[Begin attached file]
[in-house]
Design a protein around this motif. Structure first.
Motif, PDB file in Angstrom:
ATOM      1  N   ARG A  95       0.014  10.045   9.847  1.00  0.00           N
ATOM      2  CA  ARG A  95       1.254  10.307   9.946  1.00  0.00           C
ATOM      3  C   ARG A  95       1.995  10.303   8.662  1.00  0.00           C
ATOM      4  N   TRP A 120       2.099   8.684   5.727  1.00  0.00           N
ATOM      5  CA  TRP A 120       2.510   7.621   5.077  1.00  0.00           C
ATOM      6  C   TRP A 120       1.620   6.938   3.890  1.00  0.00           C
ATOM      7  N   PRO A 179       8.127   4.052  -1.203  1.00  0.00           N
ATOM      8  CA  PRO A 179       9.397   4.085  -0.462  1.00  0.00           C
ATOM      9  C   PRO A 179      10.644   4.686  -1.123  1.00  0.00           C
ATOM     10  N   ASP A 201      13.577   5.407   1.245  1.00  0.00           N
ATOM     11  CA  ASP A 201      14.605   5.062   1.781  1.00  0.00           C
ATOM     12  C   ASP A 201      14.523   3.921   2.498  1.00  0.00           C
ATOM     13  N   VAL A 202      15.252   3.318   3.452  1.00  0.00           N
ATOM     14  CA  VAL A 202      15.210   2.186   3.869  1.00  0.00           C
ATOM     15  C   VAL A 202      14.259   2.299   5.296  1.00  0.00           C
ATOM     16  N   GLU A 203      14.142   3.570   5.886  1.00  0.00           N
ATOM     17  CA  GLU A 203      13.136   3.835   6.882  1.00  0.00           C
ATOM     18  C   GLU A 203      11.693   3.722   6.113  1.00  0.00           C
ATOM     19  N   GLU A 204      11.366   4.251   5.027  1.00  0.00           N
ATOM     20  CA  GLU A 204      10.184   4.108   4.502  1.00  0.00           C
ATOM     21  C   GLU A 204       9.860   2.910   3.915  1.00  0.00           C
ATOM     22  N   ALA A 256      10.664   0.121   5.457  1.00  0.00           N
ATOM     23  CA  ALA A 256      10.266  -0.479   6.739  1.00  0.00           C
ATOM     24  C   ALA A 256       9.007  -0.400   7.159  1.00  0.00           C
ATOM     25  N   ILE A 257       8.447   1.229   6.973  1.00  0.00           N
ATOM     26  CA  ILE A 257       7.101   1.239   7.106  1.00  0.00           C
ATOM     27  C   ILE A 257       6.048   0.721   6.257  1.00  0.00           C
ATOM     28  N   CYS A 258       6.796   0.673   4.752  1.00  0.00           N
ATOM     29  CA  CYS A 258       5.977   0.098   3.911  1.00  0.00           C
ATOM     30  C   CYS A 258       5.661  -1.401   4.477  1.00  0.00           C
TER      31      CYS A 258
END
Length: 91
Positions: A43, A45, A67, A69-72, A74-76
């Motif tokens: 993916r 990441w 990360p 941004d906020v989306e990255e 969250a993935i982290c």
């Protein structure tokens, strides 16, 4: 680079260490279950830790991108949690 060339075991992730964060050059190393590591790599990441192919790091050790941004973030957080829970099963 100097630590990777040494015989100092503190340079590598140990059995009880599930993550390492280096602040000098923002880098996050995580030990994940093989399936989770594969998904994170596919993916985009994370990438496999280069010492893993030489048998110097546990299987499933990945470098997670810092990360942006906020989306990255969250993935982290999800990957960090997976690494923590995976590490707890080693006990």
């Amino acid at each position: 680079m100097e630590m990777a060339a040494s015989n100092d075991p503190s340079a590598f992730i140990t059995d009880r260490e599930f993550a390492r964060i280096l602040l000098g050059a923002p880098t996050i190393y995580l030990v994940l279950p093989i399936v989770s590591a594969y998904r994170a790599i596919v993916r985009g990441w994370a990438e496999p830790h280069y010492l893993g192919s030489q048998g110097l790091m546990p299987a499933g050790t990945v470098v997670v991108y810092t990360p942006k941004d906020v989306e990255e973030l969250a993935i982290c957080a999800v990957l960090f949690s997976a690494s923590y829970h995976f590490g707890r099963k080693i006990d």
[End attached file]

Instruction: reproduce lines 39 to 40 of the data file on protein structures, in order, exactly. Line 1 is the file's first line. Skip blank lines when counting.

């Protein structure tokens, strides 16, 4: 680079260490279950830790991108949690 060339075991992730964060050059190393590591790599990441192919790091050790941004973030957080829970099963 100097630590990777040494015989100092503190340079590598140990059995009880599930993550390492280096602040000098923002880098996050995580030990994940093989399936989770594969998904994170596919993916985009994370990438496999280069010492893993030489048998110097546990299987499933990945470098997670810092990360942006906020989306990255969250993935982290999800990957960090997976690494923590995976590490707890080693006990």
């Amino acid at each position: 680079m100097e630590m990777a060339a040494s015989n100092d075991p503190s340079a590598f992730i140990t059995d009880r260490e599930f993550a390492r964060i280096l602040l000098g050059a923002p880098t996050i190393y995580l030990v994940l279950p093989i399936v989770s590591a594969y998904r994170a790599i596919v993916r985009g990441w994370a990438e496999p830790h280069y010492l893993g192919s030489q048998g110097l790091m546990p299987a499933g050790t990945v470098v997670v991108y810092t990360p942006k941004d906020v989306e990255e973030l969250a993935i982290c957080a999800v990957l960090f949690s997976a690494s923590y829970h995976f590490g707890r099963k080693i006990d």